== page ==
Victor Metsch | Smith Gambrell & Russell | May 20, 2019
Party walls shared by adjoining townhouse are ubiquitous in Manhattan and, as recent case illustrates, are an invitation to litigation– especially where a sale at an astronomical price is followed by a massive top-to-bottom renovation.
Kai and Doris Chang own a townhouse on East 92nd Street. A limited liability company (LLC) owns the townhouse next door. The party wall is 40 feet high and was originally one foot thick.
The LLC hired Trident Restoration to do extensive renovations on its property, including relocating the bathrooms and kitchen and altering the building’s plumbing.
The Changs discovered a hole in the third-floor bedroom of the their townhouse; pipework anchored brackets installed on their side of the party wall, running the full height of the building; and another hole on the second floor, directly under the third-floor breach.
The Changs’ professional engineer found that substantial portions of the party wall had been removed; the renovation failed to conform with the plans and drawings filed with the Department of Building; and compromised the fire separation rating of the party wall in violation of City building codes.
The Changs sued for trespass damages, and injunction and restoration of the party wall.
The LLC hired an engineer. The two engineering firms inspected the work and prepared reports regarding the fireproofing and integrity of the party wall. The Changs’ engineer found areas of missing brick within the property line of the Changs’ townhouse that should be replaced. The LLC engineer’s responsive report stated that “[w]hile the wall structural integrity has not been compromised, the contractor will repair all locations where openings [in the brick] were noted.”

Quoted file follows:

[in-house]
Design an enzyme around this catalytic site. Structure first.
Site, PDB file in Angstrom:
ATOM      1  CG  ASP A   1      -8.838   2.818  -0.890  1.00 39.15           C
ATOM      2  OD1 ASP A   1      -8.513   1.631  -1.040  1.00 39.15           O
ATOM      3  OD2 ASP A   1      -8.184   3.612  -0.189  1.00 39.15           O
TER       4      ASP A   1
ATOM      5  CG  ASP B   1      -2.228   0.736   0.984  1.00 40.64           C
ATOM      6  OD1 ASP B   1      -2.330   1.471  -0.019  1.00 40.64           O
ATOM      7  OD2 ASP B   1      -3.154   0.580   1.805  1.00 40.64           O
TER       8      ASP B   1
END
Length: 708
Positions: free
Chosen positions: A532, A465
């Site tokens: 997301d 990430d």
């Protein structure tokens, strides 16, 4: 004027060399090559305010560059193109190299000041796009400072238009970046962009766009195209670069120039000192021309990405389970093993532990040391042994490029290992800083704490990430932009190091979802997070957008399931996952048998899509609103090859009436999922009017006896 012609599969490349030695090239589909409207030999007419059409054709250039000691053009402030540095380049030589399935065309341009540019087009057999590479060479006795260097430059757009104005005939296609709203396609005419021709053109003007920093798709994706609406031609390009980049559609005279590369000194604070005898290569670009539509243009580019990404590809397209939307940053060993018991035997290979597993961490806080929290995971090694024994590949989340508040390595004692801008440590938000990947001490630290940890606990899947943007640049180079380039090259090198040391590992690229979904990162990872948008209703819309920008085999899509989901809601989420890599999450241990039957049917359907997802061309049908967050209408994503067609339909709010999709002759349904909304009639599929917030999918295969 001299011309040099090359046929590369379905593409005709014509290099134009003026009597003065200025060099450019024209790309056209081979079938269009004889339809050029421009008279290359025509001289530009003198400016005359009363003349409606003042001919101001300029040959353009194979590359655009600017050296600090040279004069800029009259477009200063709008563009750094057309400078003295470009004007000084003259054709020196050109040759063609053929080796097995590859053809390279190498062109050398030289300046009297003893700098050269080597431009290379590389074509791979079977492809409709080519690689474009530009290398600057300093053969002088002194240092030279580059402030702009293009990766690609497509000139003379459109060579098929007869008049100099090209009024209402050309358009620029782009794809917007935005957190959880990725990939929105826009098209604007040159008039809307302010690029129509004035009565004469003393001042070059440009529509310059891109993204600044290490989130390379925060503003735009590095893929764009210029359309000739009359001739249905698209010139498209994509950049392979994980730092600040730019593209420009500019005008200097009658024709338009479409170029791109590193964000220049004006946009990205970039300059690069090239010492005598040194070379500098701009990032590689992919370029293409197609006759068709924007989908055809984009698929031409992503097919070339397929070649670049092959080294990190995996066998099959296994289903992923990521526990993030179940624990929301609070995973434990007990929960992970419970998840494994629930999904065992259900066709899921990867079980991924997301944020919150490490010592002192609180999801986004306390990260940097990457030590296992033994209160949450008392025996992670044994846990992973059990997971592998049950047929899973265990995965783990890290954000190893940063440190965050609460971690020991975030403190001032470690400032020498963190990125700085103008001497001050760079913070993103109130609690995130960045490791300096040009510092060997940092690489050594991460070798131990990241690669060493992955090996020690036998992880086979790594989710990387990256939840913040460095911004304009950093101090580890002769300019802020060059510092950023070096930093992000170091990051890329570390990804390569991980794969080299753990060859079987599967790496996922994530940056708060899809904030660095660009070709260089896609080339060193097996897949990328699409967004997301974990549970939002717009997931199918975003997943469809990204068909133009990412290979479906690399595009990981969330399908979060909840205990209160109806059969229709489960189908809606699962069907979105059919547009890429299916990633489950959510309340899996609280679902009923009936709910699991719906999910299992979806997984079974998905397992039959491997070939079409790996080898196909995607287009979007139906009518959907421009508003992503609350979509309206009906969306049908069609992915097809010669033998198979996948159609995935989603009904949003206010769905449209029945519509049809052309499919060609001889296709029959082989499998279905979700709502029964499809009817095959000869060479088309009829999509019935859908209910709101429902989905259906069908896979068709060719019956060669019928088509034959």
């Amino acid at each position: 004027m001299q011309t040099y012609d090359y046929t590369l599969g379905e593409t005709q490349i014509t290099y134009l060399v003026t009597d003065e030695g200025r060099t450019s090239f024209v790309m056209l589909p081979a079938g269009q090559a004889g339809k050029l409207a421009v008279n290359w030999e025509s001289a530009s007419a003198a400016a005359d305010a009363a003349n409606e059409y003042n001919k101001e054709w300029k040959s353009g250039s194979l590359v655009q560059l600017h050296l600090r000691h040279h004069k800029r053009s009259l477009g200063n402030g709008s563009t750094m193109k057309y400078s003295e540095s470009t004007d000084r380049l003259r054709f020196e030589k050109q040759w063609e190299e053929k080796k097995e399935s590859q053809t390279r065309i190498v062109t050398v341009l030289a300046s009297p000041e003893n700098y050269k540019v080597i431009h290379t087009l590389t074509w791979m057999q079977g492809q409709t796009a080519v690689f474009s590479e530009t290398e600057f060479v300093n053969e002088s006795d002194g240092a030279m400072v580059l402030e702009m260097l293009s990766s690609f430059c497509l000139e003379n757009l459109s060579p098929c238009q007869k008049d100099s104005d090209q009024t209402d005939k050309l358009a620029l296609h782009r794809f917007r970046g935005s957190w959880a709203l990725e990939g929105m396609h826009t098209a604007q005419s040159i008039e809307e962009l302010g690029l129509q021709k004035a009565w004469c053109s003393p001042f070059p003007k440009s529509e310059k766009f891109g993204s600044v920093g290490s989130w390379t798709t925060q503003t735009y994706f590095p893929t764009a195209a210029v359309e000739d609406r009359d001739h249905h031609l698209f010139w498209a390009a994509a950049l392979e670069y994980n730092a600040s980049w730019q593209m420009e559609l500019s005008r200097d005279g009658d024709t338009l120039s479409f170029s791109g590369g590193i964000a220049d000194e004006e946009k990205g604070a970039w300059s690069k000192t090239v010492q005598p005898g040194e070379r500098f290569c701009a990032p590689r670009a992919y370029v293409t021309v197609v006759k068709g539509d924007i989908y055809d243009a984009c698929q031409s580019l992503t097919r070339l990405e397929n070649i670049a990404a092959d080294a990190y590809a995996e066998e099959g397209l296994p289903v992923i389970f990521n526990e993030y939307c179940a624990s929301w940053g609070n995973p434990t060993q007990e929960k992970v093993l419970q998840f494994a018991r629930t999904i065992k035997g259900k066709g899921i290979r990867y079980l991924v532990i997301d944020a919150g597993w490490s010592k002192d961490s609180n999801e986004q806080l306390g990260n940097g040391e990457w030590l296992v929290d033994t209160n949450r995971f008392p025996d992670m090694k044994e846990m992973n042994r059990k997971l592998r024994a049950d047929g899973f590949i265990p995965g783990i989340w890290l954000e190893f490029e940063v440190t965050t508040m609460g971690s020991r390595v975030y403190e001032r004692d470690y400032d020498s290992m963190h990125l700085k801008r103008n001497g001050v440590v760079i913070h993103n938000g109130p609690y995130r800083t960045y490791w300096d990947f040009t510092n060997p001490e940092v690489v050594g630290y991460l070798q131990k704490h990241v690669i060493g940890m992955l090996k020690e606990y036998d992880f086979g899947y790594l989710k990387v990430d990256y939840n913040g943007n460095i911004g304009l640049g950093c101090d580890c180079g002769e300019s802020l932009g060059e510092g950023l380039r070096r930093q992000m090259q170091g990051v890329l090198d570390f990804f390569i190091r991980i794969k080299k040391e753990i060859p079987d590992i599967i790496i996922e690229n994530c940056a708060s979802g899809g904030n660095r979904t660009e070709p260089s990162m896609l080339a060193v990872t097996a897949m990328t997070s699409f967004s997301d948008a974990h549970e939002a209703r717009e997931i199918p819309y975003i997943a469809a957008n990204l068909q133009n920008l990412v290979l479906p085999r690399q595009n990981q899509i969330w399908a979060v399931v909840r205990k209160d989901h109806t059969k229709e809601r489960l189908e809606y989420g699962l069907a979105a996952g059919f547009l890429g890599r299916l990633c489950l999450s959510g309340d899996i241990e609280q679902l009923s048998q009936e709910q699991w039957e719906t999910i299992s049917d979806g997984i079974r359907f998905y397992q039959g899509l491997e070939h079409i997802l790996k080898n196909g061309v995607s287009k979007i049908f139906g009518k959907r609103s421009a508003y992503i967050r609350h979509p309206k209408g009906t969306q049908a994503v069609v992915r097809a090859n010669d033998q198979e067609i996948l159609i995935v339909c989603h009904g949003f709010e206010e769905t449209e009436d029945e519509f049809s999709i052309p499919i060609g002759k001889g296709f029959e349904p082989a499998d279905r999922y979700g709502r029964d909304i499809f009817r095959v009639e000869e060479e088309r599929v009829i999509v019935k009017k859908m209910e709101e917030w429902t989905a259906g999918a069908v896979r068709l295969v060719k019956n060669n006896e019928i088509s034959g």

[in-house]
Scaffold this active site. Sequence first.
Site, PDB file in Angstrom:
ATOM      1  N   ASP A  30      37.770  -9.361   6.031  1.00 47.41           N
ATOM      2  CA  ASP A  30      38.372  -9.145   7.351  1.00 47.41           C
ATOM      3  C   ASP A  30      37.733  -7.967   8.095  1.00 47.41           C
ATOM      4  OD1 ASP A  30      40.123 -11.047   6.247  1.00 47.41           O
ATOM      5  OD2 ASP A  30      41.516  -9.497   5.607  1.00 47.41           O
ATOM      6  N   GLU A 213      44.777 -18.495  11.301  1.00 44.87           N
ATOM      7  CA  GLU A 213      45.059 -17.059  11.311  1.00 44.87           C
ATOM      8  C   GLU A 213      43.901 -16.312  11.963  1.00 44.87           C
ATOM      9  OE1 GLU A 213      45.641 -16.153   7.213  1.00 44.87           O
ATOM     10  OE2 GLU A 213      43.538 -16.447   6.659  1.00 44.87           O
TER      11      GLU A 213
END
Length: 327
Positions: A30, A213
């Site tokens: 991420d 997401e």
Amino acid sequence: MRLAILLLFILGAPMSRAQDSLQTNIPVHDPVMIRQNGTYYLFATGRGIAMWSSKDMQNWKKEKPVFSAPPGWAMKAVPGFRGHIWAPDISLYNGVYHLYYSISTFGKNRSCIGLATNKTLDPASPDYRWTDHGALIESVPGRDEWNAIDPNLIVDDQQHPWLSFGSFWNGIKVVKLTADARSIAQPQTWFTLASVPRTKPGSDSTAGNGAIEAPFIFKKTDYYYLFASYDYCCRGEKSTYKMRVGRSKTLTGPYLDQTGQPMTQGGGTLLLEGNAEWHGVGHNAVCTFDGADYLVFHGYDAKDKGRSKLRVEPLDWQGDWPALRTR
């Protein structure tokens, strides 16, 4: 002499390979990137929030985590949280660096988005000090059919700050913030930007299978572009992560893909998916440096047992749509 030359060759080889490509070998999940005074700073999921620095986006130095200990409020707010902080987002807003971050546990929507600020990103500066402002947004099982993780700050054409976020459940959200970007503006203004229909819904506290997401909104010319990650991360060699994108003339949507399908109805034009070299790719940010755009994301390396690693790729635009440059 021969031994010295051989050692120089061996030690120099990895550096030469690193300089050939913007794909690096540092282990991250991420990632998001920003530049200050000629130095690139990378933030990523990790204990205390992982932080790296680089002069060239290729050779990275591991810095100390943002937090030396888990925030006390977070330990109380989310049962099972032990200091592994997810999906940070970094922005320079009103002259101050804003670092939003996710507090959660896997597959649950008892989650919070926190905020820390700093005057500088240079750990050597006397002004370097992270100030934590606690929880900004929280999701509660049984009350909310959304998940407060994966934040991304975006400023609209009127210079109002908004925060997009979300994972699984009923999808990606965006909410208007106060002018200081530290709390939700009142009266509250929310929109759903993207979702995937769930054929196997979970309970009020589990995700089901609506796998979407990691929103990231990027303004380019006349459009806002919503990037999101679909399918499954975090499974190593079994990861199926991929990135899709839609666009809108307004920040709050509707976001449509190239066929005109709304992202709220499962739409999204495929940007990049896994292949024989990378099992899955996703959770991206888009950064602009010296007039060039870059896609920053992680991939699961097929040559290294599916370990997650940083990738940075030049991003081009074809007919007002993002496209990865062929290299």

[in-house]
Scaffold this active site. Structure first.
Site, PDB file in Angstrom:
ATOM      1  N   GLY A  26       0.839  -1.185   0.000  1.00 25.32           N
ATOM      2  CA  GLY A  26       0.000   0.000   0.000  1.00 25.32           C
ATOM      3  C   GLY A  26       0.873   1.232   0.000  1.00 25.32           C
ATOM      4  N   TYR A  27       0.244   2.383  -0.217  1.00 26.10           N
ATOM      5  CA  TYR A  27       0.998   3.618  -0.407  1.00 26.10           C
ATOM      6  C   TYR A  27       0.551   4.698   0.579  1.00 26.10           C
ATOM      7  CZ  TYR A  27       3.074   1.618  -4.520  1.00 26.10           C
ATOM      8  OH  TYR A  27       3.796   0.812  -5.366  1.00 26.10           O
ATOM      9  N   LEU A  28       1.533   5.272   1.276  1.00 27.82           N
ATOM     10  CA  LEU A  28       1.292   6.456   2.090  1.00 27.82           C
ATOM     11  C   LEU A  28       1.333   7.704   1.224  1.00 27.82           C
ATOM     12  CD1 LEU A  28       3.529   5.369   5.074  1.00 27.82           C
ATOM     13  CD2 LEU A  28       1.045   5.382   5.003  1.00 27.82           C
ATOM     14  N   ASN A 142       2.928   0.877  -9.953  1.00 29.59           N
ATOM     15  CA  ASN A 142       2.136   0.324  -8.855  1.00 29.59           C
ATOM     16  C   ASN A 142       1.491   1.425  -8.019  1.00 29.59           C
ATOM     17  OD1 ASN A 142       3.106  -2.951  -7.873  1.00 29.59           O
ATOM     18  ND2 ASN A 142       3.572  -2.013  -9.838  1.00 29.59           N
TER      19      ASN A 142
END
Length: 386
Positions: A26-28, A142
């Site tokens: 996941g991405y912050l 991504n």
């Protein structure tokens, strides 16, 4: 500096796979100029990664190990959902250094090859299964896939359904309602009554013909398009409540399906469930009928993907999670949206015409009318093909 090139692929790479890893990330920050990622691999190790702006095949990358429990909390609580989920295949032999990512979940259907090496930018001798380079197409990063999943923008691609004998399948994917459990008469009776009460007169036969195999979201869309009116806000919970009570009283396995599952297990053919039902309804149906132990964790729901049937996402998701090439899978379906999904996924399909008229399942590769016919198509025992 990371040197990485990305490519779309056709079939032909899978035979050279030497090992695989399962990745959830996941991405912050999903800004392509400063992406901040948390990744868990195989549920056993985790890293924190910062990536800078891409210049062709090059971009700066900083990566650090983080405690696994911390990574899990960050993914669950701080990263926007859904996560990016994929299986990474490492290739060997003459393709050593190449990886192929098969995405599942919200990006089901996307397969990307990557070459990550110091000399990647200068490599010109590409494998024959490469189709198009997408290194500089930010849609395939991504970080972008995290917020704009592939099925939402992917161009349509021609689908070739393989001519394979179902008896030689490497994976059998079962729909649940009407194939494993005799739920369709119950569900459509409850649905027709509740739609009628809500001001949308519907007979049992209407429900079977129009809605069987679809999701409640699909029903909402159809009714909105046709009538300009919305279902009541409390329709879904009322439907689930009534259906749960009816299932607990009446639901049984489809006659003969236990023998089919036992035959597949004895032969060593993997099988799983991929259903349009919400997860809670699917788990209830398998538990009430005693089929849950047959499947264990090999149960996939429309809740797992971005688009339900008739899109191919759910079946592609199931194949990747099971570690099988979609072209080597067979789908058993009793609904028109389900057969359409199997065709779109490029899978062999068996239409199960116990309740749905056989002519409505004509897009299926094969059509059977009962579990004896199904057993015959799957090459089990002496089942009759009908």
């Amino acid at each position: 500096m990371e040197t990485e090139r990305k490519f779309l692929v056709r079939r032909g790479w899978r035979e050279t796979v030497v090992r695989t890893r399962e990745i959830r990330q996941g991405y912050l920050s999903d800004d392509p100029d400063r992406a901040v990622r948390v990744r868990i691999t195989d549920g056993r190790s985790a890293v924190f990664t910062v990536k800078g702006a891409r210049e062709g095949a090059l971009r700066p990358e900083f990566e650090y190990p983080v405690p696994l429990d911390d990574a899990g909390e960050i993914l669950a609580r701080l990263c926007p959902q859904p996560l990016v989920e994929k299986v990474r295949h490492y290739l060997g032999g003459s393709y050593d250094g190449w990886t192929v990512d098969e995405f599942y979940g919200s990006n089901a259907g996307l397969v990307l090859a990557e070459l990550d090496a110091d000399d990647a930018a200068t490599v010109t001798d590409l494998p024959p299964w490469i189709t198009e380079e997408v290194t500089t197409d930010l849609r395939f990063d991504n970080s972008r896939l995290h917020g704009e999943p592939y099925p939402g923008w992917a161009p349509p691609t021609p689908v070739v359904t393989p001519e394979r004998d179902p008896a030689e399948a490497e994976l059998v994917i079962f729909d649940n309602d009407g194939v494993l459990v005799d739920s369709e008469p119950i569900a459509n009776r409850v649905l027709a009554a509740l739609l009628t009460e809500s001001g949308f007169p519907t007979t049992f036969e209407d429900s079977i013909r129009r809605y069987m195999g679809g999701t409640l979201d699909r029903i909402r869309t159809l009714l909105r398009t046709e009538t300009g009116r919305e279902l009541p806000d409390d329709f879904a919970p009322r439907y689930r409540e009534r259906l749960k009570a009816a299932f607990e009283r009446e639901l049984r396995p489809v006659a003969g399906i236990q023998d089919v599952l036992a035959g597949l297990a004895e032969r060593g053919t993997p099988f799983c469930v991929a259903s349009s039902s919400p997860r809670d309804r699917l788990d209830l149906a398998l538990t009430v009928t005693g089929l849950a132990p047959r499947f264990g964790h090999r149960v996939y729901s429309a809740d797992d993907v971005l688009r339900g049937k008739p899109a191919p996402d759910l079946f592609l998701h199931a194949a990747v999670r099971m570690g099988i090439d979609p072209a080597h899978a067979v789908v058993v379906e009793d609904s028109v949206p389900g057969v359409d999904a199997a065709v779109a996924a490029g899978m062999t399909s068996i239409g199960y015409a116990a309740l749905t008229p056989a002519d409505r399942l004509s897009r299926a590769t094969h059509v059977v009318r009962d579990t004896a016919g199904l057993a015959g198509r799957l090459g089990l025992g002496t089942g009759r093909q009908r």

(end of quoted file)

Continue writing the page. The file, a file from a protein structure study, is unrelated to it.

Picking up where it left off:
The Changs reported additional damage: six new holes in a third-floor room. The LLC and Trident conceded that the holes were drilled in error and offered to repair the holes at their cost.
The Changs alleged that the LLC and Trident had built an additional wall (which they refer to as a “concrete masonry unit” wall) on top of the party wall on the roof; the additional wall encroached onto their side of the party wall by two inches; and the encroachment existed along 55 feet of the party wall. They also alleged that a new cable box rested on their side of the party wall.
The Changs later discovered new damage to the fourth floor of their townhouse—the attachment of a cable to the new cable box, and the fastening of the cable to their rooftop gutter. The Changs claimed that the cable prevented them from properly cleaning the gutter, causing the gutter to overflow and cause water damage on their side.
The Court could not determine whether that work had been completed. And the LLC and Trident did not establish that the party wall in its current form matched the drawings filed with the DOB.
The LLC and Trident asserted that the reports exchanged between the engineers demonstrated that the party wall was not load-bearing and that its structural integrity remained intact. The Court was unpersuaded.
The Court found that some of the LLC and Trident’s’ alleged conduct, in drilling through the party wall and installing pipework, was an encroachments/ trespass or private nuisance.
The Real Property Actions and Proceedings Law provides that “[a]n action may be maintained by the owner of any legal estate in land for an injunction directing the removal of a structure encroaching on such land.” So the Court found that the Changs could seek injunctive relief to abate a private nuisance.